If you’re considering investing in Bitcoin, that suggests to me that you like a bit of risk and you’re not too worried about safety. Bitcoin is a very risky investment. In fact, to me it’s not an investment at all, it’s a pure gamble, a very risky gamble.
Bitcoin generates no new wealth and provides no income stream. It only transfers wealth between individuals, on the ‘greater fool’ theory that someone else will come along later and pay more for it. Admittedly, the Bitcoin price has been rising in 2019, but it’s nowhere near its earlier $19,000 peak, and there’s no rational way to predict where it will be in 10 years’ time.
The insurance business carries short-term risk, but I think an investment in Direct Line Insurance Group (LSE: DLG) carries a lot less risk than Bitcoin, and has significantly better long-term potential. It’s in a relatively simple segment of the business, offering general retail insurance — including motor insurance, home insurance, travel insurance.
It’s generating lots of cash which it is handing over as dividends. Last year, the total ordinary dividend represented a yield of 5.7% on the year-end share price, and there was a special dividend yielding an extra 2.2% too.
Forecasts are predicting a total dividend of 8.4% this year, and the shares are on a forward P/E of 12. I think that’s a very attractive yield from shares on an undemanding valuation, and I’d be seriously considering buying some if I wasn’t already invested in the insurance sector.
Increasing claims are forecast to lower earnings per share by 13% in 2019, but that’s something no company has any control over and which they simply have to suck up. I think Direct line, being one of the biggest motor insurers in the country, can handle it better than most — and anyway, the valuation already takes the expected dip into account.
Hmm, maybe I will expand my insurance holdings after all.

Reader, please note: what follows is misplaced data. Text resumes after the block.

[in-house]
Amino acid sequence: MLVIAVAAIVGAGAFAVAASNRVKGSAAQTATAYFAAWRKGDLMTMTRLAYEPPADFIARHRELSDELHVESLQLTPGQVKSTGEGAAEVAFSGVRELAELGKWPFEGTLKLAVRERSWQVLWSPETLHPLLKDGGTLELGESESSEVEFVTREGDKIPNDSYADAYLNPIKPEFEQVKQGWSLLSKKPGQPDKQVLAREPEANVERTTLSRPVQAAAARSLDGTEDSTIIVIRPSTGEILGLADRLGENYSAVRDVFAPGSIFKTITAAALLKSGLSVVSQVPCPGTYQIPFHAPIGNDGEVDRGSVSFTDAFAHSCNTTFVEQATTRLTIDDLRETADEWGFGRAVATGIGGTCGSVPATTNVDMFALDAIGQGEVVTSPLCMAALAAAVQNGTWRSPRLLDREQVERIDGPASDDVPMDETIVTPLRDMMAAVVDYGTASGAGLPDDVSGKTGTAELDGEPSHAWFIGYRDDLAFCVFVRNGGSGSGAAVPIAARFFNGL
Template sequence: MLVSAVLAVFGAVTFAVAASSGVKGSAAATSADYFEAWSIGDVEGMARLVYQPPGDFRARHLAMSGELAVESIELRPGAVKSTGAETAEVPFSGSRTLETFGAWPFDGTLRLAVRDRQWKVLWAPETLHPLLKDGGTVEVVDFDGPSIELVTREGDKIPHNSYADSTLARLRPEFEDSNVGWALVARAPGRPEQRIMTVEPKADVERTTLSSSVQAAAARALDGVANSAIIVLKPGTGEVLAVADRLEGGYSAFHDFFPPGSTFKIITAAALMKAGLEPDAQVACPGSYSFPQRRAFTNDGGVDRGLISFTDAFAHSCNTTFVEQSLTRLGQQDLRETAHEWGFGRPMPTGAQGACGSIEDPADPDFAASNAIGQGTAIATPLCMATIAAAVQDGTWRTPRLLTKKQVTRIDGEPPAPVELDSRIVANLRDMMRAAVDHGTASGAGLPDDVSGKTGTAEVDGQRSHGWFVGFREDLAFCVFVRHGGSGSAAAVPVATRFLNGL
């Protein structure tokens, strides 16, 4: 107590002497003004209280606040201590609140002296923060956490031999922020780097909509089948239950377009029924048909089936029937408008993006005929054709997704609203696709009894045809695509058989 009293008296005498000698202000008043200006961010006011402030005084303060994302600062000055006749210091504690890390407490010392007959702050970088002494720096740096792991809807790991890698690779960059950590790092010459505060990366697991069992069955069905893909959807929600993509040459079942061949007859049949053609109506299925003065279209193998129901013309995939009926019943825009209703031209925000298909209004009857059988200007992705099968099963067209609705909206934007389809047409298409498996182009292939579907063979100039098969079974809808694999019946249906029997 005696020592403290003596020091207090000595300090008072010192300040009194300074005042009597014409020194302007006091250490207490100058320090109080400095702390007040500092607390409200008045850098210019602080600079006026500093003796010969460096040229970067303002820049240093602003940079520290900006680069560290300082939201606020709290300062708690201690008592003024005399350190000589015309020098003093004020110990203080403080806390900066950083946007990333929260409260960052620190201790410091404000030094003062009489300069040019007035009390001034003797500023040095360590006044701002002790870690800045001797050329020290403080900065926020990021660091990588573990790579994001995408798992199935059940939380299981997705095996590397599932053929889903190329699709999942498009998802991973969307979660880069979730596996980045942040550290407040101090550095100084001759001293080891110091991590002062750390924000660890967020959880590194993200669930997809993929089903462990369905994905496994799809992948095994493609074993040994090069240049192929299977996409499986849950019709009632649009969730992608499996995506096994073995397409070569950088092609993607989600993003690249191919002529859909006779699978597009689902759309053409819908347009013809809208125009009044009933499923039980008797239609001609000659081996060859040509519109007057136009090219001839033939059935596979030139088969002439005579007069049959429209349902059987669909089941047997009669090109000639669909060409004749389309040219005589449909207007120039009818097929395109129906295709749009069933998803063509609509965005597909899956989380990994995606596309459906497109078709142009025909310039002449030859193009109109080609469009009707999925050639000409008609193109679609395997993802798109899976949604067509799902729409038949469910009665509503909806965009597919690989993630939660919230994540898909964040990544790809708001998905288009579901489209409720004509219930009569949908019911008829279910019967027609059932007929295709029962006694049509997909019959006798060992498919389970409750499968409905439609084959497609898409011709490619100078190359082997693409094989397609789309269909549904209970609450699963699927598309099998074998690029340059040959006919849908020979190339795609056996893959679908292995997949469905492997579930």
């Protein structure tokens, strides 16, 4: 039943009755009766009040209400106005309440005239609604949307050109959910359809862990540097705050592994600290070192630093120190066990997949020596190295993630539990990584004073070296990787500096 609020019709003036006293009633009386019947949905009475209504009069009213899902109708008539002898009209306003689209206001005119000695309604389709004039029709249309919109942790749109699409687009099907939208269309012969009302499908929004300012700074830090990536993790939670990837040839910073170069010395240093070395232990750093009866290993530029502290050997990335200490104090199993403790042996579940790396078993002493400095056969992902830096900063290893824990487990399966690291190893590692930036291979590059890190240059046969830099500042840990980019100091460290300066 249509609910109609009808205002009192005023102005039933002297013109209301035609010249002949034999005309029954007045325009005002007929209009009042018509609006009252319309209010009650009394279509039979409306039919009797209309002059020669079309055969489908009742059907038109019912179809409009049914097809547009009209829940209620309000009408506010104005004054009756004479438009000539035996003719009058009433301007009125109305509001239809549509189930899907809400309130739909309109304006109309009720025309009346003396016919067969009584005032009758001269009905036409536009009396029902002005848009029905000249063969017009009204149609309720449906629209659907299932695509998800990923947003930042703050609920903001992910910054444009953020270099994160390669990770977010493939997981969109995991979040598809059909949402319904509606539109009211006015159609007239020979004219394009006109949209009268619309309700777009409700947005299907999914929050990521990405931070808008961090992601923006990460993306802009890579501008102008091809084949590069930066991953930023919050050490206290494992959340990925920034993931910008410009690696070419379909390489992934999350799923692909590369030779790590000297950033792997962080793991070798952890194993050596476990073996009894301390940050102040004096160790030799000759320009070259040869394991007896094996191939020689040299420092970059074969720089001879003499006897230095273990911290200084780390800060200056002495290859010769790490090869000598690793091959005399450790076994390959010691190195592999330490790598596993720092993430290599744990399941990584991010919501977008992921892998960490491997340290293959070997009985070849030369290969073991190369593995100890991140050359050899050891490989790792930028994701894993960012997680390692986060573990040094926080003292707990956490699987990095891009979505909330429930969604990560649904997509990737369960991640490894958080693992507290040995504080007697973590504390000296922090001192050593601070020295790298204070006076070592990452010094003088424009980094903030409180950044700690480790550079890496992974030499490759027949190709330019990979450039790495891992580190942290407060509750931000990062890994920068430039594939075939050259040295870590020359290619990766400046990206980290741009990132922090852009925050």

My next pick is housebuilder Crest Nicholson (LSE: CRST). The whole sector is lowly valued right now, and providing some handsome dividend returns. But I think the expected EPS drop for the firm is making people fear more risk than there actually is, and share price weakness over the past two years is throwing up a nice bargain.
We’re looking at a forward P/E of only 7.7 with a forecast dividend yield of 8.9%. And though the dividend is expected to remain flat for another couple of years, it still looks adequately covered by earnings to me and I don’t see it under threat.
As Royston Wild points out, Crest Nicholson shares are on a lower P/E than Lloyds Banking Group, with a significantly bigger dividend yield — and Lloyds is still one of my top picks for undervalued income shares.
The company’s interim trading update on 15 May reported “sales value achieved to date and forward sold for FY19 including land and commercial of £792m, up 4.2%,” adding that net debt and and land creditors are down by £40.9m.
The firm also reiterated its strategy of “focusing on shareholder returns by pausing growth during this period of heightened uncertainty” and by prioritising cashflow and dividends. I see that as supporting my judgment that Crest Nicholson is an undervalued income stock, and way less risky than Bitcoin.
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Alan Oscroft owns shares of Lloyds Banking Group. The Motley Fool UK has recommended Lloyds Banking Group. Views expressed on the companies mentioned in this article are those of the writer and therefore may differ from the official recommendations we make in our subscription services such as Share Advisor, Hidden Winners and Pro. Here at The Motley Fool we believe that considering a diverse range of insights makes us better investors.